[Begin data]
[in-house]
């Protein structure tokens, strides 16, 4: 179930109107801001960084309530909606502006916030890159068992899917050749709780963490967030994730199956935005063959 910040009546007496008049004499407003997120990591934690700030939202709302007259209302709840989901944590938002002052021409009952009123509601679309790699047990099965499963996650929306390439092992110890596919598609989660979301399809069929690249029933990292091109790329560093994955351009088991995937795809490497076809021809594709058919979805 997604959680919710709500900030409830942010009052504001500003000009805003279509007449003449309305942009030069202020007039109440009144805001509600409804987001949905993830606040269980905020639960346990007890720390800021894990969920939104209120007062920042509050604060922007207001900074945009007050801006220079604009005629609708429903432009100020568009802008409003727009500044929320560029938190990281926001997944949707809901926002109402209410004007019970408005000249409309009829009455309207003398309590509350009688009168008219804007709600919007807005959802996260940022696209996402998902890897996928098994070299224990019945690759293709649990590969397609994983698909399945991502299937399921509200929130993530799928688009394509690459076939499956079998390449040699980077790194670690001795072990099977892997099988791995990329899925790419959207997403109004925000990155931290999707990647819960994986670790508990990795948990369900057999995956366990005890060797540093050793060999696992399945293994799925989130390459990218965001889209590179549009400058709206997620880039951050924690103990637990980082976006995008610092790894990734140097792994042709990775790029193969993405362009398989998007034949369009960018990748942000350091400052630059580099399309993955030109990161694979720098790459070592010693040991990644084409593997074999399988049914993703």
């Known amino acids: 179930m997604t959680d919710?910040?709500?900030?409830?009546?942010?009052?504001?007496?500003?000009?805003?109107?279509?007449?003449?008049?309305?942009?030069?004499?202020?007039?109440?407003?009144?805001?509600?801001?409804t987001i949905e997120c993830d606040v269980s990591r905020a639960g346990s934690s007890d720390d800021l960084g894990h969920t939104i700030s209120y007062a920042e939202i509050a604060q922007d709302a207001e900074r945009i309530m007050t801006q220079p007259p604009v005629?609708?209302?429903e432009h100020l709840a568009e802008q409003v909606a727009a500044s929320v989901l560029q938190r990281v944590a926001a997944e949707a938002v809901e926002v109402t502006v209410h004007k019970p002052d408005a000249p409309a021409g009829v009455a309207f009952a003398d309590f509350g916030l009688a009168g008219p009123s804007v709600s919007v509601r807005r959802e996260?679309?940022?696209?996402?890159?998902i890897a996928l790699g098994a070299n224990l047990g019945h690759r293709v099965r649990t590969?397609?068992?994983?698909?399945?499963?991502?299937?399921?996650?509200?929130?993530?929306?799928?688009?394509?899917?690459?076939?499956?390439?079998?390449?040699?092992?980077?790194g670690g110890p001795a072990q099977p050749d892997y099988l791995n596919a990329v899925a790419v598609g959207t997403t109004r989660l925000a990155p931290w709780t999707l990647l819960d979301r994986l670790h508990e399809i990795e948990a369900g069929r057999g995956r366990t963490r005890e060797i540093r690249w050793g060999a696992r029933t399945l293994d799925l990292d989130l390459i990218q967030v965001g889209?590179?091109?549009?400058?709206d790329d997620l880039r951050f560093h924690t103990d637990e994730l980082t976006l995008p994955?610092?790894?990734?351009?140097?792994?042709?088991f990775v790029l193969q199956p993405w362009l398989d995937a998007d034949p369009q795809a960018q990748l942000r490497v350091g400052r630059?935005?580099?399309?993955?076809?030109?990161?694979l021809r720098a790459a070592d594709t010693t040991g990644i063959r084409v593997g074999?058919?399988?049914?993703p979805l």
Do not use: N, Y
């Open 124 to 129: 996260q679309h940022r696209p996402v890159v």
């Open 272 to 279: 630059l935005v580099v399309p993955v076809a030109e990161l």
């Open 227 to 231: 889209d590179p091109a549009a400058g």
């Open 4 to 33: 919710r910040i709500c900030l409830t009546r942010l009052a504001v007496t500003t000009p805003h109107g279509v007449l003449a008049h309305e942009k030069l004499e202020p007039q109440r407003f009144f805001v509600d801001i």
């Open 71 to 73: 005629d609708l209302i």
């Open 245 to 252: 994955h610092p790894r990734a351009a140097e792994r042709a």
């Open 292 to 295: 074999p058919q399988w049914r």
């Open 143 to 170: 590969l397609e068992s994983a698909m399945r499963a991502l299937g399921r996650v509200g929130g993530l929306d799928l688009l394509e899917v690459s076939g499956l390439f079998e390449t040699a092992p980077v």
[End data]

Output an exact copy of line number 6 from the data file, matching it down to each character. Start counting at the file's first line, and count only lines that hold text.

């Open 272 to 279: 630059l935005v580099v399309p993955v076809a030109e990161l």